Just as is the case with in vitro meat induced pluripotent stem cells are used. Only these stem cells aren’t directed to differentiate into muscle tissue, but into red blood cells. The involved researchers motivate this research as follows:

Culturing erythrocytes from immortal induced pluripotent stem cells (IPS) potentially solves the donor dependency problem and provides a tool to generate specific low immunogenic erythrocytes. (Sanquin, visited at September 20, 2013).

The production of blood in vitro, called hematopoieses by Sanquin, has several benefits. Blood transfusions have an associated risk for communicable diseases, therefore by using cultured blood instead of donor blood, the transmission of infectious diseases can be eliminated. It also reduce the number of blood donors required.

And this latter benefit is of great importance for space settlers. If as a result of some accident in a space settlement, blood transfusions are needed, in vitro blood might provide this without having to rely on blood transports from Earth. In a small and isolated community, classic collection of blood might prove to be insufficient in some cases. Typically only half a litre of blood is taken from an adult donor at a time, while some surgeries might require several litres of blood.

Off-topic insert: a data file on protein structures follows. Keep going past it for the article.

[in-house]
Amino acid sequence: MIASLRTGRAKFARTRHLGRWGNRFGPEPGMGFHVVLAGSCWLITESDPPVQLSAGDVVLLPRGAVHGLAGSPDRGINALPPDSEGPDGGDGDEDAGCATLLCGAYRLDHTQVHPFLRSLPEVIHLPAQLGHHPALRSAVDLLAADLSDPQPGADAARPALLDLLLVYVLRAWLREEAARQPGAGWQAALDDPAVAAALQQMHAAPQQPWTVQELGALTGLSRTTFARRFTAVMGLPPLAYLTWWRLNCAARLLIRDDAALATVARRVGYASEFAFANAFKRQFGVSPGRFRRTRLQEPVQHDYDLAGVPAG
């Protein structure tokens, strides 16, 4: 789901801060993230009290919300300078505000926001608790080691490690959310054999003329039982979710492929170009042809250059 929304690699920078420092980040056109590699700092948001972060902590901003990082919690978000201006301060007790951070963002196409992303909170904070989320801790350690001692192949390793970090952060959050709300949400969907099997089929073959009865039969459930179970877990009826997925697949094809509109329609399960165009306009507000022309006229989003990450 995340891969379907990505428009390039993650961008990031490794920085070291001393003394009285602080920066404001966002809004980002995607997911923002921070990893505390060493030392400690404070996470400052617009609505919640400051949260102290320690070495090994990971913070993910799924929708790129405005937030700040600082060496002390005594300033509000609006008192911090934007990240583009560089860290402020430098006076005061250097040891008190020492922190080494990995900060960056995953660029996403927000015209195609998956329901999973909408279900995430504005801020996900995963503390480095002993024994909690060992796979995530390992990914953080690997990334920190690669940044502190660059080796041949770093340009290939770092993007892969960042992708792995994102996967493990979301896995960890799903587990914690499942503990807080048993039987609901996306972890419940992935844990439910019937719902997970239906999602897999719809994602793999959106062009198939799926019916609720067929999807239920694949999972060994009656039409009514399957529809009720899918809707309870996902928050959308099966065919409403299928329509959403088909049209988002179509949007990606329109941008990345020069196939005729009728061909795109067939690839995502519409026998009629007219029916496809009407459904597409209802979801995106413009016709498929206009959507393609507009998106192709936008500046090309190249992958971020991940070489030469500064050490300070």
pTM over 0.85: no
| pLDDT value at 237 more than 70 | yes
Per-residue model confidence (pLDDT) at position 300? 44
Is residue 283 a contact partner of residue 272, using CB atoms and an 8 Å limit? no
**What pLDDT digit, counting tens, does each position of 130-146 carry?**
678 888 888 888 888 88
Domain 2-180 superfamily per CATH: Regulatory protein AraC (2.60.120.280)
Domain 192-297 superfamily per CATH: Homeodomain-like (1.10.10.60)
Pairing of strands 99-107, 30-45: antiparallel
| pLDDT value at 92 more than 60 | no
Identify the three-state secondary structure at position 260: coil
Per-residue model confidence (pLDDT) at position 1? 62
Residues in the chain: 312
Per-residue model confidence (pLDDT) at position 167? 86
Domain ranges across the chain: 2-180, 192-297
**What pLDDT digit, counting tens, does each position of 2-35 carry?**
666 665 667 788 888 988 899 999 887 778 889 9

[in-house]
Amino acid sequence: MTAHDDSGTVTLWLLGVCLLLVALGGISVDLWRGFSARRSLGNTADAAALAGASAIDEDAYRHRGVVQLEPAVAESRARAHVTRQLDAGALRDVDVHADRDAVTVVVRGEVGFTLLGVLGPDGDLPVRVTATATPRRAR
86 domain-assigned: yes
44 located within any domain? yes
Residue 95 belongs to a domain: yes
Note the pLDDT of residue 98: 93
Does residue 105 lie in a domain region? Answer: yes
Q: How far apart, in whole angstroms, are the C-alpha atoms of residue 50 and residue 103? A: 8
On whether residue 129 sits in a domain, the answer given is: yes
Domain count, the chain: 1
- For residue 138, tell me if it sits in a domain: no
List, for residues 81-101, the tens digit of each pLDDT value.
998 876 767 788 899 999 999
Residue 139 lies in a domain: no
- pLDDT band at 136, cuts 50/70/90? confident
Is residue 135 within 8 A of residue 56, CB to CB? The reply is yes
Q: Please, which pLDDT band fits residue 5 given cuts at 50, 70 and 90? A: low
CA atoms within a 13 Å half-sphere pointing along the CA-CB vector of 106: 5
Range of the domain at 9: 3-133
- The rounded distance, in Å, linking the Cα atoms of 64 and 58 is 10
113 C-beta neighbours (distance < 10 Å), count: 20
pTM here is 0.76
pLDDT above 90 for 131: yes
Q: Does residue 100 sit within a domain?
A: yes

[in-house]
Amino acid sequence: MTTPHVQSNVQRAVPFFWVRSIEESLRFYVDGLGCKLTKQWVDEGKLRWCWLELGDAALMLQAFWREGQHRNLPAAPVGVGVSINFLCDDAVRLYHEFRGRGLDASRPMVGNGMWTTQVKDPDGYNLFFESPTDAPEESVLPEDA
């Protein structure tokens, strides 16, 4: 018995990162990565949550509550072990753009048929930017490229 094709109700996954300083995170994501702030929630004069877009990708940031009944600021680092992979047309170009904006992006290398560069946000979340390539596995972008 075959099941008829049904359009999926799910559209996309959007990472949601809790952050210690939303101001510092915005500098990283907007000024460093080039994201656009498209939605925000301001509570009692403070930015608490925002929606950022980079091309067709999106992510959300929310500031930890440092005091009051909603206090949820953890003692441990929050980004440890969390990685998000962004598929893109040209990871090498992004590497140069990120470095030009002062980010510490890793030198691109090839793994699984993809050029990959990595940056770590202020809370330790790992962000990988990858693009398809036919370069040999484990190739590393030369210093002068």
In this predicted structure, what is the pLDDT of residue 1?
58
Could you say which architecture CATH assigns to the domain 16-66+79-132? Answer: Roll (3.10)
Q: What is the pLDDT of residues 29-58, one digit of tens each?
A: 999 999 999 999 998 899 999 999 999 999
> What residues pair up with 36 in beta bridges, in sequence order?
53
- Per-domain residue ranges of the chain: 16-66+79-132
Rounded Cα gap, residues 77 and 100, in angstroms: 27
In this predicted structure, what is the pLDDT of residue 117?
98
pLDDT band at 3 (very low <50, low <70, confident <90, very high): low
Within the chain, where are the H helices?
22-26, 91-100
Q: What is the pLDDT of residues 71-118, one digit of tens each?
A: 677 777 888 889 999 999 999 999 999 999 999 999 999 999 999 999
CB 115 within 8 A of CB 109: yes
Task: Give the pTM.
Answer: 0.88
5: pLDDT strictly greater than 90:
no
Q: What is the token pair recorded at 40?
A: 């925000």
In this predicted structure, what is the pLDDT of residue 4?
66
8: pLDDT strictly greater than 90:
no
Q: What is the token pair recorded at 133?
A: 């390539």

In vitro blood is just another technological development, which might help us to colonize our Solar System.

Developments in Solar energy technology

The whole idea of space colonization is founded on two facts: the abundance of extraterrestrial mineral resources and the availability of huge amounts of cheap Solar energy. There are basically two approaches to harvest Solar energy for space settlements: photovoltaic cells and solar-thermal power plants. The latter uses the heat from our Sun to heat a fluid, which is used to drive a turbine.

A challenge for photovoltaic arrays, is their efficiency. But there is exciting news from this field, according to The Science Daily, scientists from North Carolina State University have designed a method to increase solar array efficiency up to 45%. This would mean less Solar cells are needed to produce energy.